Featured Engineer

Interview with Dr. Yu-Ming Lin

Dr. Yu-Ming Lin

Dr. Yu-Ming Lin - Research Staff Member with IBM

What are your favorite hardware tools that you use?

My favorite tools usually vary with the projects I was involved. It has changed from a pair of tweezer to a scanning electron microscope depending over time. One of my all-time favorite tools is a six-arm microprobe station (as shown in the background of the picture), which allows for fast and accurate electrical testing on electronic devices under a variety of environment and conditions, such as cryogenic temperatures and vacuum. My favorite electrical testing equipment includes semiconductor analyzer and vector network analyzer that I currently use to test high-frequency transistors and RF circuits.

What are your favorite software tools that you use?

I wonder if PS3 games count as software tools? Other than that, I have used MATLAB for the acquisition and analysis of experimental data, Igor for graphs, L-Edit and GYM for CAD design, and MS PowerPoint.

What is on your bookshelf?

On my bookshelf, I have “Numerical recipe” by Cambridge Press, “Introduction to Solid-State Physics” by Charles Kittle, “Solid-State Physics” by Ashcroft/Mermin, and a Springer Handbook of Nanotechnology, and “Noise” by Van der Zeil. I have several tour guides for travel in Europe, Spain, and France. In addition, I also have a coffee machine and a picture of my son to refresh myself.

What are you currently working on?

I am currently working on a couple papers related the electrical properties and applications of graphene device and circuits. Graphene is a new carbon-based material, which consists of carbon atoms arranged in a chicken wire-like structure and is merely on atom thick! The project I am currently involved in is to develop graphene for advanced electronics, which may eventually be used in wireless communication devices.

What has been your favorite project?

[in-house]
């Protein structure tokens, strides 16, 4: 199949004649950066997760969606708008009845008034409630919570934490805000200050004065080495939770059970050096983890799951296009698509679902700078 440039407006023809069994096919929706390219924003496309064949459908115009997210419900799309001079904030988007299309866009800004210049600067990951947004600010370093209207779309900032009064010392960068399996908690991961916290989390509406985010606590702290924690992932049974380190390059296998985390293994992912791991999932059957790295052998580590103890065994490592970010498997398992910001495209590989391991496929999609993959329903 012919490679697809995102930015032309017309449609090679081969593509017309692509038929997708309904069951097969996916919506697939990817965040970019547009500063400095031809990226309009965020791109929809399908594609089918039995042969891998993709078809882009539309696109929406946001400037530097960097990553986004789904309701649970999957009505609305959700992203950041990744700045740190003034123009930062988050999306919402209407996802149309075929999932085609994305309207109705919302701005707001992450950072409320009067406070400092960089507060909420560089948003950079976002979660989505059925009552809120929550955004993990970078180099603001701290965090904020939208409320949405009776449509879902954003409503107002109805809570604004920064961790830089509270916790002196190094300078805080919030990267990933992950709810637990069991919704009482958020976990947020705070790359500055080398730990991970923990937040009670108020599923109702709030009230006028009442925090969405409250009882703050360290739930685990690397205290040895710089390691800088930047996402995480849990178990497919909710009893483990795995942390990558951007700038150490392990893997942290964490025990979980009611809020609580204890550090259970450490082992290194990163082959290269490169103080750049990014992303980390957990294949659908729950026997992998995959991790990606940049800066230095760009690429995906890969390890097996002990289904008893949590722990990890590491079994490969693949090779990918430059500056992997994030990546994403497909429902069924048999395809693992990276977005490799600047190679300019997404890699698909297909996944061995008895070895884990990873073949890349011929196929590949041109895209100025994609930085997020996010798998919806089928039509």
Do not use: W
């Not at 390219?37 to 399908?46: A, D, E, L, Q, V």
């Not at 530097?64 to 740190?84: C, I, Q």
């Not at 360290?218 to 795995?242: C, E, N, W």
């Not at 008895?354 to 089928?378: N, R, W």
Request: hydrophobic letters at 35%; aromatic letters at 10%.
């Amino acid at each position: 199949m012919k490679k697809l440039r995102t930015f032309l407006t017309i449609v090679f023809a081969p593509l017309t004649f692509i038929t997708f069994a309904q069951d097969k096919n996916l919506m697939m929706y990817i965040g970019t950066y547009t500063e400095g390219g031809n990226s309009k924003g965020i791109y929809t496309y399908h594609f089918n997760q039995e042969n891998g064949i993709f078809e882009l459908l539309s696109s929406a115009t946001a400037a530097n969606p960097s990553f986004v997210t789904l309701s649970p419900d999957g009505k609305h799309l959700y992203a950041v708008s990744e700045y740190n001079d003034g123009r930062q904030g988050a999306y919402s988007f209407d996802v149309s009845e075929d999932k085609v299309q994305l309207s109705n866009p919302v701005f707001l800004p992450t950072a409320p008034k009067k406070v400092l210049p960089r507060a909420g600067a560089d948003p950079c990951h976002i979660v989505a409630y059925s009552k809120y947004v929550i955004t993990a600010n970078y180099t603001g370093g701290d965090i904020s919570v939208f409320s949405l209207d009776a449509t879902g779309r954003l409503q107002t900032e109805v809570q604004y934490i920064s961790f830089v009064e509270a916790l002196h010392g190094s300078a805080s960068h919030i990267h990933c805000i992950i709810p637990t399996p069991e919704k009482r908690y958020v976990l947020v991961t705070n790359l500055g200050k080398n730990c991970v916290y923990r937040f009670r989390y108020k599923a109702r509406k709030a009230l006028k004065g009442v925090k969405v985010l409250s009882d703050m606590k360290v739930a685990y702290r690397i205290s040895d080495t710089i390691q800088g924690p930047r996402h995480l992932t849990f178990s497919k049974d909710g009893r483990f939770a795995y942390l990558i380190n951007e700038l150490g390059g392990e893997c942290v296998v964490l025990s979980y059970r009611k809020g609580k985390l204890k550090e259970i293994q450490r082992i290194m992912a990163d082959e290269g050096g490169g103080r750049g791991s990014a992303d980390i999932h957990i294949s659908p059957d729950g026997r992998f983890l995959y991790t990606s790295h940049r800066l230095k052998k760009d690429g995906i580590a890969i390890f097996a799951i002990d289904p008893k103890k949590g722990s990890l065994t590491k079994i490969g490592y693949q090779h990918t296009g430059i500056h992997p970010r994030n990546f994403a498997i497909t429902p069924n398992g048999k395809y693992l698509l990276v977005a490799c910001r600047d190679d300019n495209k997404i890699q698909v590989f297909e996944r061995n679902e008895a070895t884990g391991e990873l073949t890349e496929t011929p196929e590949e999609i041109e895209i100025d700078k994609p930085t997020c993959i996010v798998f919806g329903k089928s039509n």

My favorite project, also one of the most challenging tasks, is to build an entire circuit out of an individual carbon nanotube. The project involved finding a single, isolate carbon nanotube, and fabricate a 5-stage ring-oscillator on it. Carbon nanotube is a hallow tube of rolled-up graphene sheet, and is only a couple nanometers in diameter and tens of micron long. The first challenge was to identify a suitable carbon nanotube using scanning electron microscope, which can be quite time consuming since these are tiny objects with low densities on the substrate. After locating the nanotube, several e-beam lithography and metallization steps are implemented to build CMOS-type ring oscillator circuits on the single nanotube. Different types of metals are used as the gate electrode to obtain n-type and p-type transistors in a CMOS configuration. The final circuit contains 12 transistors that are interconnected, and was able to produce a oscillation frequency close to 100 MHz, the fastest demonstration on carbon nanotube at the time. So far, carbon nanotube circuits of this level of complexity have not been produced elsewhere.

What direction do you see the industry heading in the next few years?

I can only see the microelectronics going nowhere but up.

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